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Title: Essays on migration and intergenerational mobility
Author: Stuhler, J.
ISNI:       0000 0004 5358 5081
Awarding Body: University College London (University of London)
Current Institution: University College London (University of London)
Date of Award: 2014
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My dissertation addresses questions in two topic areas, intergenerational mobility and migration. I first study the dynamic response of income mobility to structural changes in a model of intergenerational transmission. I illustrate that mobility today depends on past policies and institutions, such that a decline in mobility may reflect past gains rather than a recent deterioration of “equality of opportunity”. How to measure income mobility is addressed in the next chapter, in which I document that heterogeneity in the shape of income profiles generates large life-cycle biases, which cannot be eliminated with standard methods used in the current literature. Finally, in the fourth chapter I study how elements of the transmission process affect the relation between mobility over two generations and the long-run persistence of economic status within families. I provide various arguments why long-run mobility is likely lower than predictions from intergenerational evidence suggest. In the final chapter I analyse the effect of migration on labor markets. Triggered by the fall of the iron curtain, Germany experienced a sudden inflow of Czech workers that reached a local employment share of up to ten percent. I exploit this natural experiment to assess how immigration affects native workers, and to examine the mechanisms by which labor markets adjust. I find a strong and rapid response in both native wages and employment, and document substantial heterogeneity across age groups: native employment decreases most strongly among older workers, even though their wages are less affected than for other age groups. This finding suggests that the elasticity of labor supply differs across demographic groups, with important implications for the analysis of responses to labor supply shocks. When distinguishing between the different types of adjustment, I find that native employment decreases predominantly through diminished inflows into work, less so through outflows into non-employment.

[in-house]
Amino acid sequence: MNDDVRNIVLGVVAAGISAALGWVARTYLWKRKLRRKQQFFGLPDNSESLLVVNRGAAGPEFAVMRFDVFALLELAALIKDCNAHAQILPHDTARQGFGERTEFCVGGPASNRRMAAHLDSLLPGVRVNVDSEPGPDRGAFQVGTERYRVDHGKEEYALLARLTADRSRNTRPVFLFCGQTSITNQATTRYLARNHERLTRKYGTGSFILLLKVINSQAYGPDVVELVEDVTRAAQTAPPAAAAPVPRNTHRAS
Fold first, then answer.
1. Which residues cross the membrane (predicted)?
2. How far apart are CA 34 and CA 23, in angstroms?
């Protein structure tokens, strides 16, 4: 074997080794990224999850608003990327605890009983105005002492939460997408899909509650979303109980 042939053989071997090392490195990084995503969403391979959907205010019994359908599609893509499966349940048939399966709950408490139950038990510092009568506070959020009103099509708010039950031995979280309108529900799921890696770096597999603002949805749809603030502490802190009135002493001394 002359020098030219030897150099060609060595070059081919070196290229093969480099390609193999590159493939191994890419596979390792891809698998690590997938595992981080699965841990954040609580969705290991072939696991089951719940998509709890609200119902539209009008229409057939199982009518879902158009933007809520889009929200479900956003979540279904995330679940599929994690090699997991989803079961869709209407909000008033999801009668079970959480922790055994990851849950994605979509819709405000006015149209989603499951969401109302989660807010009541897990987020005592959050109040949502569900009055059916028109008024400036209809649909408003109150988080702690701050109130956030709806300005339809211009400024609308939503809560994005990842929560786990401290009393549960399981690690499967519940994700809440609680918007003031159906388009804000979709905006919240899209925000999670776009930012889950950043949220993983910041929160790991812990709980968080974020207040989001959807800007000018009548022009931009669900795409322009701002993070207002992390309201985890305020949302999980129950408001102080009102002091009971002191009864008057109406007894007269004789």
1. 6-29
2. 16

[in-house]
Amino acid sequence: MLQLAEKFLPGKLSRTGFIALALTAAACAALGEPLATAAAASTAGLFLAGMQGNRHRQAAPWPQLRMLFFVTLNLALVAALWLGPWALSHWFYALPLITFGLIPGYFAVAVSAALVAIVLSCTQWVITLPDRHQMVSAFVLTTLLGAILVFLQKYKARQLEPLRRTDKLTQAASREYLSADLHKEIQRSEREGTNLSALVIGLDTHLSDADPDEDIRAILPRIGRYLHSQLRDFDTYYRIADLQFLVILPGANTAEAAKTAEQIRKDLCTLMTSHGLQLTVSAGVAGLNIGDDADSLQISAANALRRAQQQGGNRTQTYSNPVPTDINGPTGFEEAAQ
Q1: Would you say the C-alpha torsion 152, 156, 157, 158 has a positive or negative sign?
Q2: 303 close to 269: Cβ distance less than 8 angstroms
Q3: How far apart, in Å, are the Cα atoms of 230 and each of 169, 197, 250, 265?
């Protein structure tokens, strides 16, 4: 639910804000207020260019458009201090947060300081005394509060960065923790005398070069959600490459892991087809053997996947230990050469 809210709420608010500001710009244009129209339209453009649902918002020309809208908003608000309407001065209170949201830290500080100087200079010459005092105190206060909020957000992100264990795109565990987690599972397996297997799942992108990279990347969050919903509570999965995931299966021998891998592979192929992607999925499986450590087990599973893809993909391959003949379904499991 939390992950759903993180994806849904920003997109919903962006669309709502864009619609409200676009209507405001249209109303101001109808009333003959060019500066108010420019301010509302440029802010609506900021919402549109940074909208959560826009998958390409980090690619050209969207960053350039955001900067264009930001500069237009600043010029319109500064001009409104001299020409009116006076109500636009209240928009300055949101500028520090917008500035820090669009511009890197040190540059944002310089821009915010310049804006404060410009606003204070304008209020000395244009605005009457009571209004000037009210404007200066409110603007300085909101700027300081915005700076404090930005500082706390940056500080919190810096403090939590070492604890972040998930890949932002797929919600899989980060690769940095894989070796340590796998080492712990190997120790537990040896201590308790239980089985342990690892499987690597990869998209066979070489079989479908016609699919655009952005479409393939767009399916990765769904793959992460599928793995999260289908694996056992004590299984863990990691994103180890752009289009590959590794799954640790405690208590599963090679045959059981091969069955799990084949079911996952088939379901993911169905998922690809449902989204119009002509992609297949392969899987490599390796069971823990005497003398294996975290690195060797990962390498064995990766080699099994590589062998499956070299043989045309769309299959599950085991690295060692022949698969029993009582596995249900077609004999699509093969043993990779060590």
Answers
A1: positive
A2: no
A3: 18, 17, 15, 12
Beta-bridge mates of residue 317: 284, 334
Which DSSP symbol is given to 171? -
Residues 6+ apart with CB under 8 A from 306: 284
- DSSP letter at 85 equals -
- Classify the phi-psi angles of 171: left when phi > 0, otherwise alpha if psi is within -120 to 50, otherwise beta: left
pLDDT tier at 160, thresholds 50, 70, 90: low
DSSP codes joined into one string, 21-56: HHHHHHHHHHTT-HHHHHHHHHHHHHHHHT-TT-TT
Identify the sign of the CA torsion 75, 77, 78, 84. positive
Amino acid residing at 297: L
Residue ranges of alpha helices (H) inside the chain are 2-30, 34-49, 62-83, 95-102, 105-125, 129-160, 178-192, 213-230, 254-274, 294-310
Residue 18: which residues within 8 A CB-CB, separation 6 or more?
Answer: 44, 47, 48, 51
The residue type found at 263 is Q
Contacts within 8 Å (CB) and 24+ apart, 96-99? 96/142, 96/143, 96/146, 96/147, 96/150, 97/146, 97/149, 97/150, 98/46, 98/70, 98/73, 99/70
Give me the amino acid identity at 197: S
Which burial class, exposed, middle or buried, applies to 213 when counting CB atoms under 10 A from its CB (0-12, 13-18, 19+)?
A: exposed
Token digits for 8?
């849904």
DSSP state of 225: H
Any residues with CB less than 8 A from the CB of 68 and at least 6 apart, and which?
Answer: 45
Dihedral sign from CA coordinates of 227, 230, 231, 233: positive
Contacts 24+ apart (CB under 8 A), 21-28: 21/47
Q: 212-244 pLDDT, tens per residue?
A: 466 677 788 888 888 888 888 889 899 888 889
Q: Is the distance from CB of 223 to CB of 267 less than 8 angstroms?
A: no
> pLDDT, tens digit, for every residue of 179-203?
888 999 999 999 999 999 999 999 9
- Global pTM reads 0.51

Supervisor: Not available Sponsor: Not available
Qualification Name: Thesis (Ph.D.) Qualification Level: Doctoral
EThOS ID:  DOI: Not available